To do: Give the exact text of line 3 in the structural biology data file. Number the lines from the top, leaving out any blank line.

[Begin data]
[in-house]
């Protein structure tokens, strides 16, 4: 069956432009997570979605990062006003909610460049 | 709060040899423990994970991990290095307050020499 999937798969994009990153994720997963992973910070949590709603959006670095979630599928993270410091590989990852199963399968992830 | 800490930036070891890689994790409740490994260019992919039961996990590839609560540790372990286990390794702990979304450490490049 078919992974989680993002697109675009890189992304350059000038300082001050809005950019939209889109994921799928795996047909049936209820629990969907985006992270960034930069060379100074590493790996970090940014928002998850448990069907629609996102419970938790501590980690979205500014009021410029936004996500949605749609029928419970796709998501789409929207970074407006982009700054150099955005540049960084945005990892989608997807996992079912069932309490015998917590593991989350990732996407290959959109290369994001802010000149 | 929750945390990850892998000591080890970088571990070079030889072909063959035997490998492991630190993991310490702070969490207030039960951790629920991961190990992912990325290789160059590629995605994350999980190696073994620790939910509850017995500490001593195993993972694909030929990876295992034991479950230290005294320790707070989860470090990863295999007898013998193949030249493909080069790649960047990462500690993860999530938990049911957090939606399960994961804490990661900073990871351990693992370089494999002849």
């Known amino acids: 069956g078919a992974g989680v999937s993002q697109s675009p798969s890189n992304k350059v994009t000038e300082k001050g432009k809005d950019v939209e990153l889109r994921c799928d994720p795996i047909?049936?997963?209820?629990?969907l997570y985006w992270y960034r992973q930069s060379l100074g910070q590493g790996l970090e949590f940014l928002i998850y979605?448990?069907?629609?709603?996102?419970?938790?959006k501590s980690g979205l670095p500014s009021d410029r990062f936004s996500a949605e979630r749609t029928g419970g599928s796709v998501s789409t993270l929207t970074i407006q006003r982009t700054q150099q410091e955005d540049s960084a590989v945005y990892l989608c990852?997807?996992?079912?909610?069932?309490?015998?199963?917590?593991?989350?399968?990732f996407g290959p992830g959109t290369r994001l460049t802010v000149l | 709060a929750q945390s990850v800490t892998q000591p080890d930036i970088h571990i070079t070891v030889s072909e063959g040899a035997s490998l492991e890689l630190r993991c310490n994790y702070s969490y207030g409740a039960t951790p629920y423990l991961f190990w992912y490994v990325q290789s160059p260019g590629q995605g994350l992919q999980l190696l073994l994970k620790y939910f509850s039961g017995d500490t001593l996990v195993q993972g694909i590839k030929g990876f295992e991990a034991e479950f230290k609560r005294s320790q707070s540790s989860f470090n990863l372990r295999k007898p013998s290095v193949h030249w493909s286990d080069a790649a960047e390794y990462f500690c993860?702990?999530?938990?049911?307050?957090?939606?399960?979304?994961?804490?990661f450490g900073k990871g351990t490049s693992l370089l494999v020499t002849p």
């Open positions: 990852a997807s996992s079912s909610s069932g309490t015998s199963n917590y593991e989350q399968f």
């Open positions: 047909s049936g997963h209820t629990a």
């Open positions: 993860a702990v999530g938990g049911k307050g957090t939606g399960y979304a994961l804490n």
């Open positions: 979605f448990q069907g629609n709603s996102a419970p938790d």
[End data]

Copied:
């Known amino acids: 069956g078919a992974g989680v999937s993002q697109s675009p798969s890189n992304k350059v994009t000038e300082k001050g432009k809005d950019v939209e990153l889109r994921c799928d994720p795996i047909?049936?997963?209820?629990?969907l997570y985006w992270y960034r992973q930069s060379l100074g910070q590493g790996l970090e949590f940014l928002i998850y979605?448990?069907?629609?709603?996102?419970?938790?959006k501590s980690g979205l670095p500014s009021d410029r990062f936004s996500a949605e979630r749609t029928g419970g599928s796709v998501s789409t993270l929207t970074i407006q006003r982009t700054q150099q410091e955005d540049s960084a590989v945005y990892l989608c990852?997807?996992?079912?909610?069932?309490?015998?199963?917590?593991?989350?399968?990732f996407g290959p992830g959109t290369r994001l460049t802010v000149l | 709060a929750q945390s990850v800490t892998q000591p080890d930036i970088h571990i070079t070891v030889s072909e063959g040899a035997s490998l492991e890689l630190r993991c310490n994790y702070s969490y207030g409740a039960t951790p629920y423990l991961f190990w992912y490994v990325q290789s160059p260019g590629q995605g994350l992919q999980l190696l073994l994970k620790y939910f509850s039961g017995d500490t001593l996990v195993q993972g694909i590839k030929g990876f295992e991990a034991e479950f230290k609560r005294s320790q707070s540790s989860f470090n990863l372990r295999k007898p013998s290095v193949h030249w493909s286990d080069a790649a960047e390794y990462f500690c993860?702990?999530?938990?049911?307050?957090?939606?399960?979304?994961?804490?990661f450490g900073k990871g351990t490049s693992l370089l494999v020499t002849p």